Our jobs in the entertainment industry always allow us creative choice. If you want a rehearsal period, you can find the time and money for it; you might have to give something up for it, you might have to sacrifice a special effect or an expensive location, but you have a choice. If the producer of your feature film tells you she cant get the money for the project unless you accept a certain actor in the lead role perhaps an actor you think is wrong for the part you must make the choice to work with that actor or give yourself permission to walk off the project.
Not that I encourage you to renege on your promises or give your word frivolously, but. And without freedom there can be no creativity. Some students tell me that the ideas and techniques I put forward seem at first radical and destabilizing. At first I was surprised, but then I realized that many people mistake opinion for intuition. Opinions are easy to have; they require no reflection. Sometimes people think intuition is the first idea that comes to you, that intuition requires no reflection. This is not the case. In order to access your intuition, you need to get below your preconceived ideas and access your deepest resources.
You need to recognize and reject pedestrian and obvious and clichd choices.
I dont intend to dampen or make you distrust your intuition. You cant be a good director without good instincts. There is no recipe I can give you that will guarantee youll have a good movie. Every rule I will give you can be broken, and should be broken if breaking it makes the movie better. Technique is not an end in itself.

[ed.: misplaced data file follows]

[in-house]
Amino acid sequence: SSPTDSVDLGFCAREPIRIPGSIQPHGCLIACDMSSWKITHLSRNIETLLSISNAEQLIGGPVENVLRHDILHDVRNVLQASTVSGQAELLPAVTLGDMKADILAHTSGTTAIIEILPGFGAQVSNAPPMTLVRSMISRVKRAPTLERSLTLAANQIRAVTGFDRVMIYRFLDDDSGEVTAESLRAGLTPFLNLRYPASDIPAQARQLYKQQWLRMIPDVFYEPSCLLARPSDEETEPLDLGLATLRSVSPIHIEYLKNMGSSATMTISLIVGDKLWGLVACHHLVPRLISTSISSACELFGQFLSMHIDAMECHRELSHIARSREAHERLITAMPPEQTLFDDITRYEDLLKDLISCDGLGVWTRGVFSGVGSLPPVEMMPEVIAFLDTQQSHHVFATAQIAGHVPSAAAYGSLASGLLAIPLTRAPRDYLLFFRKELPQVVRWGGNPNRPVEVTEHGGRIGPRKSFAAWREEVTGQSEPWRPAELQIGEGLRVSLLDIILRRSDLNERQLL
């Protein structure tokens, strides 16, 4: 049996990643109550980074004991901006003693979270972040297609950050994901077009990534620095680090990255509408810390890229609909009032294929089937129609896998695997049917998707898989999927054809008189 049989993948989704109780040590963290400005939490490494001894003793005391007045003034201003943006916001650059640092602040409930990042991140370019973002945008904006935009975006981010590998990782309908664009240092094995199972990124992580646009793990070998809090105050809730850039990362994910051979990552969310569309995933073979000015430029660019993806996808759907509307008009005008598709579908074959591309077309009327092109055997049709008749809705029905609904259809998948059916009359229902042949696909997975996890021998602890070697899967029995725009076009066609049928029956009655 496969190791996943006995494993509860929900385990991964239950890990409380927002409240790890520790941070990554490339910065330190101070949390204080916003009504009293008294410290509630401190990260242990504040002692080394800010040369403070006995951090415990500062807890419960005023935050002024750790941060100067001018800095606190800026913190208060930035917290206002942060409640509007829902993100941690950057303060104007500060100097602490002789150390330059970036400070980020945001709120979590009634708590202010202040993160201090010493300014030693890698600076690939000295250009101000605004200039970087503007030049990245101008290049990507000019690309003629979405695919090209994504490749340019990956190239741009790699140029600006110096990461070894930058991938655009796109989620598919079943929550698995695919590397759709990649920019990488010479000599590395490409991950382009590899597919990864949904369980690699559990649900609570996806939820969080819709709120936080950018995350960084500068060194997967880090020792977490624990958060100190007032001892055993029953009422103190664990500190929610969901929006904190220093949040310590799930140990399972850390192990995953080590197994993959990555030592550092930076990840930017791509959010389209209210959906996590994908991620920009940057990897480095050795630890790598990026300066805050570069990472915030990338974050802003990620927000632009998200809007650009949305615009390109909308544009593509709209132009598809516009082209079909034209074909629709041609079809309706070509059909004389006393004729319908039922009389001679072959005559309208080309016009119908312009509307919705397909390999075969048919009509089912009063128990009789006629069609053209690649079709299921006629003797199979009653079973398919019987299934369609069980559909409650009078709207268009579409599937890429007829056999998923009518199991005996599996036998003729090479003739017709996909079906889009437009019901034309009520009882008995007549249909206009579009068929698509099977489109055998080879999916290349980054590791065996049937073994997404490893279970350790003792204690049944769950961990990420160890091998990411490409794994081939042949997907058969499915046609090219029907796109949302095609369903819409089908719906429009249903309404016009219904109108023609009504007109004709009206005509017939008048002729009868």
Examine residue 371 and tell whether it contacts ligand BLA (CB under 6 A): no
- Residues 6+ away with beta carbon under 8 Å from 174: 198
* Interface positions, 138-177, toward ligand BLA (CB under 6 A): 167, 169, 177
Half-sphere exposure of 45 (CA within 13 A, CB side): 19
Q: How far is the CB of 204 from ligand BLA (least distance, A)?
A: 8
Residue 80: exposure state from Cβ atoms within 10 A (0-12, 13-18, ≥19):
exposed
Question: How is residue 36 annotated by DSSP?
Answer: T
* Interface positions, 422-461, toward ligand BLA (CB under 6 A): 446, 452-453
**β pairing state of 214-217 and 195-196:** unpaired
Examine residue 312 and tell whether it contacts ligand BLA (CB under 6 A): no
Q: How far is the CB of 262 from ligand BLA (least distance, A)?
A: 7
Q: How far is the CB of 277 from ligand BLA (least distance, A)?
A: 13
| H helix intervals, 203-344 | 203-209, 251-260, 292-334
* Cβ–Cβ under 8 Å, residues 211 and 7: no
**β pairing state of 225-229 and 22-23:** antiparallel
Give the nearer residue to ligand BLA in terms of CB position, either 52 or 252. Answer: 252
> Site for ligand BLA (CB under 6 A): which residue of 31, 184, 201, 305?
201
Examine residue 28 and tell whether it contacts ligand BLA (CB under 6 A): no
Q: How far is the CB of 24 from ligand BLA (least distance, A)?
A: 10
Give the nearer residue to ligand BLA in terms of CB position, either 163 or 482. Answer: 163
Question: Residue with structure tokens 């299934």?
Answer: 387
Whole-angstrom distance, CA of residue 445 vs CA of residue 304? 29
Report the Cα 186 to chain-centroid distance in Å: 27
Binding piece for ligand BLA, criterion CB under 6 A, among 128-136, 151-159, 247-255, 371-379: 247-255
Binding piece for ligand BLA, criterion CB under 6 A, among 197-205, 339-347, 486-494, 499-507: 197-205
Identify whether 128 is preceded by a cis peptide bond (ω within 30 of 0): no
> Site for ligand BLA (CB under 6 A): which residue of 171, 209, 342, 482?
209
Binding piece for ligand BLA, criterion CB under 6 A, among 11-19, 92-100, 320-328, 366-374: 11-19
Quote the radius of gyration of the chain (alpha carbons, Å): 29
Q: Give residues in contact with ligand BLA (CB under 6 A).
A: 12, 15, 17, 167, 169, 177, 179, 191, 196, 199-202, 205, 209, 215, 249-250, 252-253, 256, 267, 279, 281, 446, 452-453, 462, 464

The purpose of technique is to prepare the ground for inspiration.schafunrusnaval.cf
The Community Theatre Actors' Bible: 10 Secrets to Better Acting for Untrained Actors
Everybody knows what to do when inspired! Thats true by definition. But you cant decide to be inspired. And if you try to be inspired, the strain of the effort only creates tension, taking you farther and farther away from the effortlessness that characterizes inspiration. Technique does two wonderful things: it gives you something to fall back on, something to do while you are waiting for inspiration; and it aerates your brain, makes you think, makes you choose and then you are ready for inspiration, should inspiration decide to strike. When you are working well, you are in the safest place for trusting your instincts.
When you are not working well, you may confuse intuition with assumptions, you may mistake prejudice for vision. So I invite you to break habit; I invite you to question conventional wisdom, to get beyond your prejudices and assumptions, to go below the surface, and awaken your intuition at a new, deeper level. In other words, learn the rules. Then forget them.